City Paper is not for tourists
Roz White, Jahi Kearse, and Gia Mora in Cool Papa’s Party (photograph by Colin Hovde)
In Cool Papa’s Party, director and author Thomas W. Jones II exhumes the life and times of showbiz legend and original hipster Sammy Davis, Jr. This séance of a Vegas variety show is both a charming love letter from one entertainer to another and a fast-paced history play that sometimes leaves contemporary audiences—strangers to hepcats scatting at the Sands and sharkskin suits sipping martinis at The Flamingo—in the dark.
In “Top Cat,” which smacks of Judy Blume wisdom, the titular character (played by Jahi Kearse) parks it at the edge of the stage and sings a heartfelt appeal to God, theoretically the “heppest” cat this side of eternity. in the first sign that this is not an all-ages production, Cool Papa’s earnest plea for divine guidance elicits snickers from the irreverent, under-35 crowd. But things get a little murkier from there.
The litany of historical references and period lingo preference an audience who has either lived through the era or studied it, meaning that strangers to Vegas history will find Cool Papa’s hard-knock-life narrative as hard to follow as his mercurial love life. In an effort to make his production more accessible, Jones peppers Cool Papa’s Party with summarial monologues, during which Kearse’s Cool Papa reflects on life, liberty and the pursuit of happiness. But decoding what is essentially Civil Rights-themed slam poetry requires a lot of critical listening and inference-making on the part of the audience: The flow is tremendous and the allusions playful and amusing—but tune out for a second and next thing you know, Cool Papa is inexplicably cupping his left eye with one hand and whipping out an eye patch with the other, later proclaiming “It’s my party, and I’ll cry out my one eye if I want to!”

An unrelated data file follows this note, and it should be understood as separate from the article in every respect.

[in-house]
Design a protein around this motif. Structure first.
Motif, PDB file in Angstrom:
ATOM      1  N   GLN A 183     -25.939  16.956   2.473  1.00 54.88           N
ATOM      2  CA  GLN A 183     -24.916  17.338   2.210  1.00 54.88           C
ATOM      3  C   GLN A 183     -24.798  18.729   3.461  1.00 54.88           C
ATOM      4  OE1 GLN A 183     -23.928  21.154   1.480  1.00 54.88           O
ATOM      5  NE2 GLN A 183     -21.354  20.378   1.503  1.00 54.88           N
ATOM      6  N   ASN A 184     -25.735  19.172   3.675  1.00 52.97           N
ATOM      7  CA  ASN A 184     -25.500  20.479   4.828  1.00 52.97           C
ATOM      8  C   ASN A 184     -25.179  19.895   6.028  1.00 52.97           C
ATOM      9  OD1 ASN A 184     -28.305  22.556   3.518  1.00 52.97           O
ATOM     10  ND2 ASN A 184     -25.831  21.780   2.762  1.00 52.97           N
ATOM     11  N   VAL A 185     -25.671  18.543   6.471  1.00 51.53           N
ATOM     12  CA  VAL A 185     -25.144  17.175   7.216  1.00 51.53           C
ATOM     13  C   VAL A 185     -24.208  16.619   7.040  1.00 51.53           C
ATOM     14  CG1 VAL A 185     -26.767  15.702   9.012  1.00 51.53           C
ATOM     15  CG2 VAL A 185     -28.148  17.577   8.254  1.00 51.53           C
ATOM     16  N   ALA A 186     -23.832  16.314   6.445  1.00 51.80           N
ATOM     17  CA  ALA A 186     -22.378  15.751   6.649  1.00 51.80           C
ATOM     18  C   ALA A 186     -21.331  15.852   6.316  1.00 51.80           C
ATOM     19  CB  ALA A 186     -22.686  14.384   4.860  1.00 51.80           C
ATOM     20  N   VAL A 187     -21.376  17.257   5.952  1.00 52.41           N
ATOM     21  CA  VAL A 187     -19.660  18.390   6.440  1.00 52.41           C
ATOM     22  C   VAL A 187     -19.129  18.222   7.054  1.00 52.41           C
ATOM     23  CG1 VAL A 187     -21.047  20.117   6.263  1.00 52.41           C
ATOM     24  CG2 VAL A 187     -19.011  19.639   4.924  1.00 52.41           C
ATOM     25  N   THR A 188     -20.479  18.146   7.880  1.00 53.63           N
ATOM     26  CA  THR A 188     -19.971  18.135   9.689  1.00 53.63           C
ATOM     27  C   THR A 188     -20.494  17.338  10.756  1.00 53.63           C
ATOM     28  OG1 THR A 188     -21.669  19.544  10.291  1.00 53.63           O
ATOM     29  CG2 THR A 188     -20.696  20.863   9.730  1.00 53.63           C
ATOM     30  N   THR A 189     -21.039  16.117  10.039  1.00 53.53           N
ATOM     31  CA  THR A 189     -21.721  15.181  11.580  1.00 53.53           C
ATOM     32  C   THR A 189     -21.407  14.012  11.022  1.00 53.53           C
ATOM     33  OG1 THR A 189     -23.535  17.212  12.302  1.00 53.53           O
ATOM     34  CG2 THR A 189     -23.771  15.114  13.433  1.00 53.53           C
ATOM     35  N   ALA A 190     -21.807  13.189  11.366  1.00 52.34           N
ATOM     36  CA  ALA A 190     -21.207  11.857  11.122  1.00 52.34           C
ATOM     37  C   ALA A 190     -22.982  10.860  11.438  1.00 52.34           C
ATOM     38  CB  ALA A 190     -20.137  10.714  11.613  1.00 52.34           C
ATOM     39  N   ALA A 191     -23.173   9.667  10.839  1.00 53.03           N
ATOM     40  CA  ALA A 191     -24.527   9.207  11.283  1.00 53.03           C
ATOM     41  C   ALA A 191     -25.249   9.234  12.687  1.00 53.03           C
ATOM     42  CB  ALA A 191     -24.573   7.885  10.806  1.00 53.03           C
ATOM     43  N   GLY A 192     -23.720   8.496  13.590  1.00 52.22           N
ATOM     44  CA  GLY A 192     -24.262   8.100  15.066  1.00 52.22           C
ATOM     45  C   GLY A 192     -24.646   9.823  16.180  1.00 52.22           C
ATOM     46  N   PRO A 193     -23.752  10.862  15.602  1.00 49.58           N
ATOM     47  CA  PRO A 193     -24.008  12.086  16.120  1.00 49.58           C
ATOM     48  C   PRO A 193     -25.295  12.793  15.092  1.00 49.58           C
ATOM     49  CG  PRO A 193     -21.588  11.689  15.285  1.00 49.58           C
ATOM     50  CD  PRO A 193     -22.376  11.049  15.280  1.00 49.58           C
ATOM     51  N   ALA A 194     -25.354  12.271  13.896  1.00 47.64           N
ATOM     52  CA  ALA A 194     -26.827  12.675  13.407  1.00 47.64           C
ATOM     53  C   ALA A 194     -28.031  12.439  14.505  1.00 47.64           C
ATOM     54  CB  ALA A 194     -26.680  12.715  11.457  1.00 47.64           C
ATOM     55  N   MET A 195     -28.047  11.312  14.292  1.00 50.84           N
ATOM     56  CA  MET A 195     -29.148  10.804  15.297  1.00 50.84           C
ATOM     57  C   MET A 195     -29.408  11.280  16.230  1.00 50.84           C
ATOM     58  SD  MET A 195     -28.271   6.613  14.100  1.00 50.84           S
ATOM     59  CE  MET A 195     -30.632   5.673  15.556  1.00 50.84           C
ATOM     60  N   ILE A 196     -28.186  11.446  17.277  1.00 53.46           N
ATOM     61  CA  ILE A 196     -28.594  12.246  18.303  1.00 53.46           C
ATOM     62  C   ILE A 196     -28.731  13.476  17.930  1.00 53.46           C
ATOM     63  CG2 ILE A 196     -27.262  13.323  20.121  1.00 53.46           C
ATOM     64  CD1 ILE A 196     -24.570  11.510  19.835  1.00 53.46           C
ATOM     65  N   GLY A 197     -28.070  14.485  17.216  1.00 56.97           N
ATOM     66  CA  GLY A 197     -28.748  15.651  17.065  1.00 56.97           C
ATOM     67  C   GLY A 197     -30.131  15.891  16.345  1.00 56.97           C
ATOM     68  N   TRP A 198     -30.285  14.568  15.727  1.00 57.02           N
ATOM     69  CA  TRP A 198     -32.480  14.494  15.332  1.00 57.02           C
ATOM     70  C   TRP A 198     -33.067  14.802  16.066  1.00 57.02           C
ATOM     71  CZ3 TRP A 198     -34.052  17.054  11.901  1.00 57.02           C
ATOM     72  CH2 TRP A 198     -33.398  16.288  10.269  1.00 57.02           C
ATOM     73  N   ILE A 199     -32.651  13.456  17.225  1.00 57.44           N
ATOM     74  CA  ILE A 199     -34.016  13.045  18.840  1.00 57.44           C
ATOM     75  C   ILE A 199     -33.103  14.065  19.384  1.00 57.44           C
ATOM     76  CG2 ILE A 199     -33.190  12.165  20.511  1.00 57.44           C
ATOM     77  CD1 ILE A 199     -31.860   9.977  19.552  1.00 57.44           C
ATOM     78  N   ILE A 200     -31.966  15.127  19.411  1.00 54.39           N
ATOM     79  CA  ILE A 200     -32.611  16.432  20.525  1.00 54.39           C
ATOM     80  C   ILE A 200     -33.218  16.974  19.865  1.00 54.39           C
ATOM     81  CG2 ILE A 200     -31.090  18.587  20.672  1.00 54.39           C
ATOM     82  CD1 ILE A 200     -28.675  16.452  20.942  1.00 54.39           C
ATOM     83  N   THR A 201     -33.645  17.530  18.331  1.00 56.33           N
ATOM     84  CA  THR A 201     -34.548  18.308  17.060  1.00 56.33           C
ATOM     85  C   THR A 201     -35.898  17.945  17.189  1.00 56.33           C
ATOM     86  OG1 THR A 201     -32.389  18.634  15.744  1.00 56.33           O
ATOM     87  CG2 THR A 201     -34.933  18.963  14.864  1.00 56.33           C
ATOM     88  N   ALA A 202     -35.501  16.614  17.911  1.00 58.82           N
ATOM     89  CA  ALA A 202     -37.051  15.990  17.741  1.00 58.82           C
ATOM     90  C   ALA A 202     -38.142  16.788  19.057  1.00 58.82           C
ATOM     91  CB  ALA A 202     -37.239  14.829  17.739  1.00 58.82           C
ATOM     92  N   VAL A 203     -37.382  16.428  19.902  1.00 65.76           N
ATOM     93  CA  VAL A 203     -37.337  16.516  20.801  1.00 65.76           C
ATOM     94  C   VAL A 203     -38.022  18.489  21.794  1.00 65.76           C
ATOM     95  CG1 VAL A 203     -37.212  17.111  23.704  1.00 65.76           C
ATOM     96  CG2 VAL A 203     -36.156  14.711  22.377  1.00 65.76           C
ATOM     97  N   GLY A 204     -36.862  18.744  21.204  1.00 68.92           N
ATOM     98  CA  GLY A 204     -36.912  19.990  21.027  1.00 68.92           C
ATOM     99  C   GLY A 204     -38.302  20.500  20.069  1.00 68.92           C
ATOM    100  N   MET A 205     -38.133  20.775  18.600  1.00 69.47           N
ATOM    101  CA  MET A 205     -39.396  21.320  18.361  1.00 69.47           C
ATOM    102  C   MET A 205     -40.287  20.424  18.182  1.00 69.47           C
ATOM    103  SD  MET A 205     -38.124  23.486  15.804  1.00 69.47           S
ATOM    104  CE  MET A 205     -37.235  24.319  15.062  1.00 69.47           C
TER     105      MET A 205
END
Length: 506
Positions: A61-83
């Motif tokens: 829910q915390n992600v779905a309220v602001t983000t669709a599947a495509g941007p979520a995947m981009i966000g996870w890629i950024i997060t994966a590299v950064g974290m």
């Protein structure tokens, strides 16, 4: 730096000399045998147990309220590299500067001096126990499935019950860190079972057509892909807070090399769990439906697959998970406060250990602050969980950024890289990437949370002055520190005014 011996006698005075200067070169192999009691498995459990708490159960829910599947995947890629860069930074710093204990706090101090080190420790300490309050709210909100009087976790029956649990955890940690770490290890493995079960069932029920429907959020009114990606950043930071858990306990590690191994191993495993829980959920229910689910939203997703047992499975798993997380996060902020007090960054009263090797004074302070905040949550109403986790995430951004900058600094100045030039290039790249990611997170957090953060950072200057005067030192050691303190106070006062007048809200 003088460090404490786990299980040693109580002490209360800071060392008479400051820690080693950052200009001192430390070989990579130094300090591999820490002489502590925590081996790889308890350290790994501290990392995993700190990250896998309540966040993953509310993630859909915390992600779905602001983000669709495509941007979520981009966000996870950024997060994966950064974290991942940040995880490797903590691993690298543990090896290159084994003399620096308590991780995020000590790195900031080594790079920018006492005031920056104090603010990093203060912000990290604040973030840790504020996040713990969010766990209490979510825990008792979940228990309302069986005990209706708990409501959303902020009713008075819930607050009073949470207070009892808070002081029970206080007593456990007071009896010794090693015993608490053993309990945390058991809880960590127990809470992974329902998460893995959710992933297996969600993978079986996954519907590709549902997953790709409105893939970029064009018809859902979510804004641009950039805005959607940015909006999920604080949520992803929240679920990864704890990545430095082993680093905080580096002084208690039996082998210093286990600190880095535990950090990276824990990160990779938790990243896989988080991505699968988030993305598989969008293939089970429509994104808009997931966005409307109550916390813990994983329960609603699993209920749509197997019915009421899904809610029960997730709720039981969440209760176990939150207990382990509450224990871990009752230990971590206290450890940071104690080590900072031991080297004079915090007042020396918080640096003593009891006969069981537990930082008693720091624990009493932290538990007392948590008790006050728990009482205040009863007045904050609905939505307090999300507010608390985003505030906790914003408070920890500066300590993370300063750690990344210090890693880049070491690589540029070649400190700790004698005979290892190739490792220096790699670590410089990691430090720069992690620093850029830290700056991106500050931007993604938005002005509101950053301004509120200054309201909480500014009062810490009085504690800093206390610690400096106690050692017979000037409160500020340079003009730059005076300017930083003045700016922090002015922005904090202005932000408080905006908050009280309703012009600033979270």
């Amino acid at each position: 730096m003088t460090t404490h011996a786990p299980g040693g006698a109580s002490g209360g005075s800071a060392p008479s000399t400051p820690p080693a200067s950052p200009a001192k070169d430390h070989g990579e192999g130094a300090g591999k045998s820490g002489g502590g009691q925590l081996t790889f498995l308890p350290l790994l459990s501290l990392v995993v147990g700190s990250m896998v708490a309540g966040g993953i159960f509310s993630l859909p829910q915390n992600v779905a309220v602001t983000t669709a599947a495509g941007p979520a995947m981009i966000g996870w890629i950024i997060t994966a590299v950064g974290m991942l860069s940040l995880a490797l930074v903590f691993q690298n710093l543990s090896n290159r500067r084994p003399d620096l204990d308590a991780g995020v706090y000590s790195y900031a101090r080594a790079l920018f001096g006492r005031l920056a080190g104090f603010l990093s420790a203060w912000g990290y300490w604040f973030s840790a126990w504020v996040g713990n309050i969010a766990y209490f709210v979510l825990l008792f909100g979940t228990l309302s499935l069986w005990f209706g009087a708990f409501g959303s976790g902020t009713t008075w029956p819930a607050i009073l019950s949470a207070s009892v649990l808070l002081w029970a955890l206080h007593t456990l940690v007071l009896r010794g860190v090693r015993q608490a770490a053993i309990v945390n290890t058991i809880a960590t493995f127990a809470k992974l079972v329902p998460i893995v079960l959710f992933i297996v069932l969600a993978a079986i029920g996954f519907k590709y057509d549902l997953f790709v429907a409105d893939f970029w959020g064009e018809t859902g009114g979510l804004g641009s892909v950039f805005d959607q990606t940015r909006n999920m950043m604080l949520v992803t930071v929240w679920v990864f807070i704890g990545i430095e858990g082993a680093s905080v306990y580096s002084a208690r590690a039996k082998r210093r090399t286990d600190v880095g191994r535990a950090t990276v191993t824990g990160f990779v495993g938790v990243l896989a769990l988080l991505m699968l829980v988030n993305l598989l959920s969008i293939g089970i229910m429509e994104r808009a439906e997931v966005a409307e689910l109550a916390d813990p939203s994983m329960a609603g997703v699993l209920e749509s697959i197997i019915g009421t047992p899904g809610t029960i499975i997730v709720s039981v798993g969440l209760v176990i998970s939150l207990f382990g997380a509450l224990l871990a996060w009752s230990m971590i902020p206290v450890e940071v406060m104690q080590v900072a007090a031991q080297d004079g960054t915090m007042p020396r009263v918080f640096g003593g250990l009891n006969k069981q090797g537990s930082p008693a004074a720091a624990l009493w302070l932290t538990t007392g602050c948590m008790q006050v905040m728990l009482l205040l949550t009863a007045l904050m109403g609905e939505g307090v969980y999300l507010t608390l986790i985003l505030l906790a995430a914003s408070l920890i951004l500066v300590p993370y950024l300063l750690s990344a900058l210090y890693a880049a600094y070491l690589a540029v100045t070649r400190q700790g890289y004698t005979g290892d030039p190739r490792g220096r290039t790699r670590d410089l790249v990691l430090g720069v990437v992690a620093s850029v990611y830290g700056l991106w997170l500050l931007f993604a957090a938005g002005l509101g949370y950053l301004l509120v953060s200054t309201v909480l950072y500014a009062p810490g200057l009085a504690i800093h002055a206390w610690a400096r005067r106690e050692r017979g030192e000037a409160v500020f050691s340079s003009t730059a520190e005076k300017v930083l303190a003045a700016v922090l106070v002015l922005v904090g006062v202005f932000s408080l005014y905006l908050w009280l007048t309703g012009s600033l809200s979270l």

Cool Papa’s Party is more than just a running history lesson set to immaculate jazz (courtesy of composer, keyboardist and onstage conductor William Knowles)—it’s also a fantastic coupling of choreography and narrative. In “The List,” Cool Papa shrugs off blacklisters lined up in front of a giant American flag, and delivers the zinger, “I can’t get any blacker than this!”—ramping up the musical’s rumblings of double consciousness. In “I’m Gonna Be The One,” Cool Papa’s two-timing, womanizing ways are on display as he’s confronted by his newest wife and “the other woman,” who—along with dancers in mini dresses and knee-high gogo boots—compete for Cool Papa in a psychedelic dance number.
The seven capable cast members deliver knockout performances that almost make the audience forget that they’re in a converted lumber warehouse in Alexandria instead of at The Sands in Vegas (assuming they know what the Sands is). And though his method of conveyance needs tweaking, Jones’ sprawling musical touches on sophisticated national and personal identity issues, like second-class citizenship and an American brand of patriotism wrapped in idolatry and bigotry.
Cool Papa’s Party at MetroStage, 1201 N. Royal St., Alexandria. (703) 548-9044. www.metrostage.org. $40-$45. Runs through March 15.